Evaluating the discussion on death penalty, it is no doubt that its negative factors surpass the positive aspects. Assessing the high population status in prisons and the cost of life imprisonment, it is clear that they cannot be replaced by capital punishment. However, this situation can be substituted by the death crime that is done by the accused person.
Besides justice that is dominant in a given case, individuals who are guilty of an offence should be granted an opportunity to learn from their crime. This is accomplished via rehabilitation when crime doers get the opportunity to under gore transformation. This step has a positive outcome to the society when it enhances its development. Furthermore, capital punishment incurs shortcomings that undermine individuals in relation to their human rights.
It is vital to note that life is precious to each individual.
Unfortunately, death penalty does not support this perspective. Aspects such as social unrest and physical dilemma that is imposed on friends and family members of the accused person are beyond understanding (Donohue John and Justin 79). Based on the view of relatives, killing the person they love doesn’t serve as a manner of granting effective justice. In regard to economic or political perception, a renowned individual in the society has power to influence the case.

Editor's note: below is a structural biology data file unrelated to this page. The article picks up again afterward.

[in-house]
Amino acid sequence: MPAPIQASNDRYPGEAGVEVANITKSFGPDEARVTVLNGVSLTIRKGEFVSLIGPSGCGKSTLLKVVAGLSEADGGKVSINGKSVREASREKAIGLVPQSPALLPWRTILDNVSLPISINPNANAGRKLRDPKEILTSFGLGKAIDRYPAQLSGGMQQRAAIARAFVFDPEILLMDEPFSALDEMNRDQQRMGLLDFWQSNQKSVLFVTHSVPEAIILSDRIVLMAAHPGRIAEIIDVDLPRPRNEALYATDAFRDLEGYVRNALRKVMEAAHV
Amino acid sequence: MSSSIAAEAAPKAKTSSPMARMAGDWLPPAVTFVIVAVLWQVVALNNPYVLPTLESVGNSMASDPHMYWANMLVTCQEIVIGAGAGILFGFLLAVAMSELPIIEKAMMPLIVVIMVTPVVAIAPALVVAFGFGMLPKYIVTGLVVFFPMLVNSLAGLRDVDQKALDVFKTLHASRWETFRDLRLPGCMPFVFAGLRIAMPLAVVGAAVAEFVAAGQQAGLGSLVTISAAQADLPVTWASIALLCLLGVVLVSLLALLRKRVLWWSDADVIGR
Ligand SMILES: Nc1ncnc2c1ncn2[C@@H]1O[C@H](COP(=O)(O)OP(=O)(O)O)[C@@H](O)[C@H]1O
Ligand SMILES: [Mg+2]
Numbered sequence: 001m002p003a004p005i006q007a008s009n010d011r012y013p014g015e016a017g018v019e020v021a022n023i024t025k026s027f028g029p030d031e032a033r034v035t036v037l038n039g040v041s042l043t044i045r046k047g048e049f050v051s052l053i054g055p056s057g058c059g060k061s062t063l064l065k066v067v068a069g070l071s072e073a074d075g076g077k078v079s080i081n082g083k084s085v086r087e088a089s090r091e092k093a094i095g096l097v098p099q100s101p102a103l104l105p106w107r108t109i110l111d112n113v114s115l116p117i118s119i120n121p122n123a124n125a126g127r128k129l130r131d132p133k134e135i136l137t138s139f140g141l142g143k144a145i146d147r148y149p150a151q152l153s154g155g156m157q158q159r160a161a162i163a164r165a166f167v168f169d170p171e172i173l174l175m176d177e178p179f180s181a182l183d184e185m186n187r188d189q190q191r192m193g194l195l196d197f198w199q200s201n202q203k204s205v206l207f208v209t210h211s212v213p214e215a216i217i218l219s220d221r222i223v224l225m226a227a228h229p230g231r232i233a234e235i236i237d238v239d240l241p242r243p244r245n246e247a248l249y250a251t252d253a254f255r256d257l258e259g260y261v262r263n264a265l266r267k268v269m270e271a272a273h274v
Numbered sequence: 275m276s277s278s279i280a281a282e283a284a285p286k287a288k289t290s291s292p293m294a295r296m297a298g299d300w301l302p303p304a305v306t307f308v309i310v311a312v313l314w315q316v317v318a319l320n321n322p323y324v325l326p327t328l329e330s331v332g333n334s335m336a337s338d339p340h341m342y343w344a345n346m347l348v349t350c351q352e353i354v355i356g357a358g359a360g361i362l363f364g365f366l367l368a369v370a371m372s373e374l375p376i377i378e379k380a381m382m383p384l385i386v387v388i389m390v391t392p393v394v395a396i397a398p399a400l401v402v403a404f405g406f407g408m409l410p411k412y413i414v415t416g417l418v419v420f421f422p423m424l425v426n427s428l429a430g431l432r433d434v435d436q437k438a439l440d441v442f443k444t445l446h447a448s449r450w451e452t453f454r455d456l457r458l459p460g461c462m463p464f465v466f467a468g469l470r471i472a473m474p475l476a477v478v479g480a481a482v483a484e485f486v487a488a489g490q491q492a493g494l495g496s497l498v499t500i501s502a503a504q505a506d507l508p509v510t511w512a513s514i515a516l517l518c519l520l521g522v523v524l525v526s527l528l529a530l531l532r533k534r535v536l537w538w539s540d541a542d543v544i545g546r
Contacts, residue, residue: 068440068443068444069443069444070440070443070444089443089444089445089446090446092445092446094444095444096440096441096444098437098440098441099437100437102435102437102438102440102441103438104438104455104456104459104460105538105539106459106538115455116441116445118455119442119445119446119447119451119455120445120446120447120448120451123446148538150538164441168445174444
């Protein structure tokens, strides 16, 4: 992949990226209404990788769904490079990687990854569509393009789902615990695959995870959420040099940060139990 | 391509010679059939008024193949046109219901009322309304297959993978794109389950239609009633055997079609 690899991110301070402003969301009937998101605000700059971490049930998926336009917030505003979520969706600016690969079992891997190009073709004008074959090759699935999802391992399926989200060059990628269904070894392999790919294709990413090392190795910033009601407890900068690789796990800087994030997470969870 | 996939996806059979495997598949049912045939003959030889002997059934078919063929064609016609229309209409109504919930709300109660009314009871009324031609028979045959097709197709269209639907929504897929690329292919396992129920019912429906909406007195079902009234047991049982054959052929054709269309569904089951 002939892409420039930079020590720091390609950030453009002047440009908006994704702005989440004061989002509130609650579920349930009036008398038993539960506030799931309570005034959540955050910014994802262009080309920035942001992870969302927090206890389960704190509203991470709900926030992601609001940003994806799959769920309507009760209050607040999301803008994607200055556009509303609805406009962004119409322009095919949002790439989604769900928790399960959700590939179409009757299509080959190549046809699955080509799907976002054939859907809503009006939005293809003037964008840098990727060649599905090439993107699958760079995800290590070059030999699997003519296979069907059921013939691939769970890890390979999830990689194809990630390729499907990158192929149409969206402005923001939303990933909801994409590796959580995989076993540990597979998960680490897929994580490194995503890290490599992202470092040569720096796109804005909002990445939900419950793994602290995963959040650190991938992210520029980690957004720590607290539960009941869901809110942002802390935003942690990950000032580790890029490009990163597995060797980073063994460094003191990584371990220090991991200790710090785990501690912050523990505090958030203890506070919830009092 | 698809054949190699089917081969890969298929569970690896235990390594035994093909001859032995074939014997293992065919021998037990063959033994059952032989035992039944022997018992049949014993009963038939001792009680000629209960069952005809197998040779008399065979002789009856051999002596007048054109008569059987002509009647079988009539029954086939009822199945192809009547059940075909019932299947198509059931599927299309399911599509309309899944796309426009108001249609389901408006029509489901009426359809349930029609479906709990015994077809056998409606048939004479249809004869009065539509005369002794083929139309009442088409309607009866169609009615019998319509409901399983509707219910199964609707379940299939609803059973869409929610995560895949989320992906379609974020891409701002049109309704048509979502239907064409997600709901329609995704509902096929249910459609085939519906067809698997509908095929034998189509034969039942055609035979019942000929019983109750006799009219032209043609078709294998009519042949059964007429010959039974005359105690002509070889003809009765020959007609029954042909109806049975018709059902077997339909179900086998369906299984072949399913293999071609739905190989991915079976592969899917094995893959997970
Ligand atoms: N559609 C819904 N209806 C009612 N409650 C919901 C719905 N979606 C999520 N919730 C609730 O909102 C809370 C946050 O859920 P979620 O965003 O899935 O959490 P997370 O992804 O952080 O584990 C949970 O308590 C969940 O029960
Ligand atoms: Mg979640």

In regard to economic perspective, individuals who are of low status in the economy will not be in a position to afford such services. This situation that incorporates the gap between the rich and the poor can render individuals to biased judgement. Due to this factor, families involved suffer a lot. This is because at times, the accused individual may later turn out to be innocent after execution. After analysing such issues, critics should not advocate for capital punishment in the community.
Donohue III, John J., and Justin Wolfers. Uses and abuses of empirical evidence in the death penalty debate. No. w11982. National Bureau of Economic Research, 2006.
Sunstein, Cass R., and Adrian Vermeule. “Is Capital Punishment Morally Required? Acts, Omissions, and Life-Life Tradeoffs.” Stanford Law Review (2005): 703-750.
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